Social media makes women stupid…or does it?


According to a recent study, girls at college and university are pretty silly. Rather than spending their time diligently studying in their college library, getting involved in a student protest or embarking on a pub crawl, their bodies covered in blue paint and dressed like a smurf, they are in fact, spending a staggering 12 hours of their day transfixed by social media. That’s 12 hours on average – half a day – engaged in some form of media use, “in particular texting, music, the internet and social networking”.

Silly girls.

The piece of research, carried out by the Miriam Hospital’s Centers for Behavioral and Preventive Medicine, questioned 483 female college students at an American northeast university about their social media habits. They were also asked to complete a survey about academic confidence, behaviours and problems. The findings are pretty bleak.

The lead author of the study, Jennifer Walsh, concluded: “We found women who spend more time using some forms of media report fewer academic behaviours, such as completing homework and attending class, lower academic confidence and more problems affecting their school work, like lack of sleep and substance use,” adding that the study was one of the first to explore mechanisms of media effects on academic outcomes.

Chartered Psychologist Dr Arthur Cassidy has drawn even starker conclusions from the study: “Female freshers are more vulnerable to internet activity and may devote more time to it as they negotiate their identities from late adolescence into young adulthood.

“As they are more emotionally communicative in contrast to their male counterparts, they are more vulnerable to psychological dependency and feedback from others on social networking sites.”

So that’s that, girls. Close your Facebook account, chuck your laptop out of the window, and get back to the books. When it comes to the internet – you’re doing it all wrong.

In some ways, it’s not difficult to see what Cassidy is getting at. Blurry pictures of girls pouting as they hold up their iPhones and take pictures of themselves are nauseatingly endemic online.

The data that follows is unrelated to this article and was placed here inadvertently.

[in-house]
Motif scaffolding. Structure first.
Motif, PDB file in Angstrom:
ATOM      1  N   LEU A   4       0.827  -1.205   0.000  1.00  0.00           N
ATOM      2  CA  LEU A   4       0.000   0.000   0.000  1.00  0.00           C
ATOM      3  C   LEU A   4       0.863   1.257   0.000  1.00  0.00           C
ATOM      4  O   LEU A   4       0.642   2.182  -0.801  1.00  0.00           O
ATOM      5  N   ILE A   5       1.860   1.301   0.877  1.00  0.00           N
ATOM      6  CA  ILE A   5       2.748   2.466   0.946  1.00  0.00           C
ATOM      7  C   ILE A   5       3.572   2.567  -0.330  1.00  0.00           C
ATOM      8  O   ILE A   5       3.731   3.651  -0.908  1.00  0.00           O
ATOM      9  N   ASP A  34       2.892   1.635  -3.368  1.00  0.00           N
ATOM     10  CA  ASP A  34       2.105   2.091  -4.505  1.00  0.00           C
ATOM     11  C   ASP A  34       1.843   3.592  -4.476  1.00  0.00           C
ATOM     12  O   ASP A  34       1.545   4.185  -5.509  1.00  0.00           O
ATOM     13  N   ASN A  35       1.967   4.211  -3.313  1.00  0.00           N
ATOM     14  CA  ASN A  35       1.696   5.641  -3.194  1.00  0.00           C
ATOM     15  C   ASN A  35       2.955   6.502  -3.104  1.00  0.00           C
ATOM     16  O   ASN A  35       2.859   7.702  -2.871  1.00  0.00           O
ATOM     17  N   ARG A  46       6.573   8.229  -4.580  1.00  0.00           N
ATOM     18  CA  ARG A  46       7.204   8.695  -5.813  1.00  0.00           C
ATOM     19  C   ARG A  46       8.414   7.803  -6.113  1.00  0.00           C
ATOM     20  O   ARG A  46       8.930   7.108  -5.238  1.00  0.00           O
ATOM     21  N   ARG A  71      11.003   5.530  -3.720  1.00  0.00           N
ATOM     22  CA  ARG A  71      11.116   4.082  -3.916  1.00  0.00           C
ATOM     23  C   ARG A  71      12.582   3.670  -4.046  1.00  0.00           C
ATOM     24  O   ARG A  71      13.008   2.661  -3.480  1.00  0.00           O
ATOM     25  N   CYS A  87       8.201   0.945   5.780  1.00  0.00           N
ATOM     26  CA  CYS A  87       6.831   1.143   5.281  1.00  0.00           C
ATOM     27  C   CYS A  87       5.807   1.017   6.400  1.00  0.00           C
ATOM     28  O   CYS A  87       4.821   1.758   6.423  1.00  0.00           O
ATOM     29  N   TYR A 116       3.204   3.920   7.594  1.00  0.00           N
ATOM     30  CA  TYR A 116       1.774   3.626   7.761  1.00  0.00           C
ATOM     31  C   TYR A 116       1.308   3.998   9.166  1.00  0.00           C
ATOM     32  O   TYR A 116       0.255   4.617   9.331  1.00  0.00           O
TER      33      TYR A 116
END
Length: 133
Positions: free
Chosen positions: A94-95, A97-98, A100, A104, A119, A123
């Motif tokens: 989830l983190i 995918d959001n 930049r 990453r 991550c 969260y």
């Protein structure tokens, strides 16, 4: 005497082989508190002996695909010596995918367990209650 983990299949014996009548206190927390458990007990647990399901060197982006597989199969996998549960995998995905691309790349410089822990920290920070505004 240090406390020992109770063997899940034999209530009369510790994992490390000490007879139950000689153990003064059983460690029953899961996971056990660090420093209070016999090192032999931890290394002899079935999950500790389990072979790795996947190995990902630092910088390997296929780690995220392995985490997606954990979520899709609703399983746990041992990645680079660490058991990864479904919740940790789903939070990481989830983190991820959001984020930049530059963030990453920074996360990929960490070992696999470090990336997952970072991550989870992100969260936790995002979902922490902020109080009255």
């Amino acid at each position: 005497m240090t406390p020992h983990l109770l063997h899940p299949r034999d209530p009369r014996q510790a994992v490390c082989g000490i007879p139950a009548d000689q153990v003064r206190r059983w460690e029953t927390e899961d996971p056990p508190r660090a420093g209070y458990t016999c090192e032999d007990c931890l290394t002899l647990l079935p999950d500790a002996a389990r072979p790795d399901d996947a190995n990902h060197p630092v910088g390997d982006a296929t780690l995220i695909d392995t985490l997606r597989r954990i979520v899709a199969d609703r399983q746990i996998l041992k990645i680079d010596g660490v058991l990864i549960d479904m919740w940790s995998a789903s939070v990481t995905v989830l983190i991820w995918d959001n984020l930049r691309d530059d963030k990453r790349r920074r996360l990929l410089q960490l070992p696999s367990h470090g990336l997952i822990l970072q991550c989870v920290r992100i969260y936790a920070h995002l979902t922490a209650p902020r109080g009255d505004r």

Hastily ‘de-tagging’ any unflattering photos is practically a university morning ritual, checking to see how many ‘friends’ you have accumulated and how many ‘likes’ your pictures have received since the last time you signed into Facebook (i.e. an hour ago) can be pretty distracting. This ‘gamification’ of life is certainly alarming; the point-scoring, counting up our ‘friends’ and ‘likes’ to give us a sense of self-worth is pretty sad.

All this when you could be learning about Aristotle’s theory of the golden mean (all things in moderation – a very relevant lesson for those American girls on Facebook for 12 hours a day.)

But I can’t see why these findings aren’t just as applicable and relevant to male college students as to female college students, and why boys’ online habits and academic performance weren’t similarly scrutinised and commented on.

I have clear memories, while I was studying for my diploma in law, of sitting at the back of a lecture theatre, while before me a sea of identical laptop screens showed the same cricket match. Very distracting if you’re not one for cricket.

And as for football transfer deadline day, the lecture theatre would be positively abuzz with male law students anxiously checking the latest footballer their team had acquired. “Torres to Chelsea for 50 million!” was the whisper going around the lecture theatre, as our lecturer, blissfully unaware, rambled on about the merits of proportionality in domestic administrative law, (or something like that – I was too busy checking my Facebook profile).

The thing is, the kids are all right. Really, they are. Yes, 12 hours online is a pretty alarming amount of time to be spent glued to the internet. But idle gossip and self-promotion are all features of everyday life, with or without the internet. Smart girls and boys will limit their Facebook activity once they become bored of taking pictures of themselves and eagerly checking how many ‘likes’ they attract. They’ll soon discover more productive, enlightened uses for the internet, if they weren’t already doing so.

And just think of all the ways in which the internet has acted as a rallying cry for women, galvanising them into addressing key concerns that face us today.

What about the marvellous Everyday Sexism Project, cataloguing women’s experiences of sexist behaviour (10 new examples of which are published on Telegraph Wonder Women every Tuesday), or the online petition calling for No More Page Three, with yes, a very active Facebook presence.

What about the SlutWalk movement that spread all over the world with the help of the internet, or the online blog of the Pakistani school pupil,Malala Yousafzai? Her blog, campaigning for girl’s education led to her being shot by the Taliban, igniting a global outcry of horror that girls could still be treated like this in today’s world

Studies such as the Miriam Hospital’s Centers for Behavioral and Preventive Medicine’s, which lead to statements being casually thrown around that broadly paint all girls as “vulnerable” and “psychologically dependent”, fail to recognise the many weird and wonderful ways in which the internet has aided women’s advancement in society; our accumulation of knowledge, cultural, social and political, that simply wasn’t available to women of previous generations.

Some women, particularly at university age, will use the internet to refine their image rather than their ideologies, certainly, but girls fretting over what they look like and how many boys they know is nothing new. You just give them a few years, and watch how social media enables them to become more powerful, dominant, and more culturally and socially aware than ever before. Once, of course, they’ve stopped refreshing their Facebook page.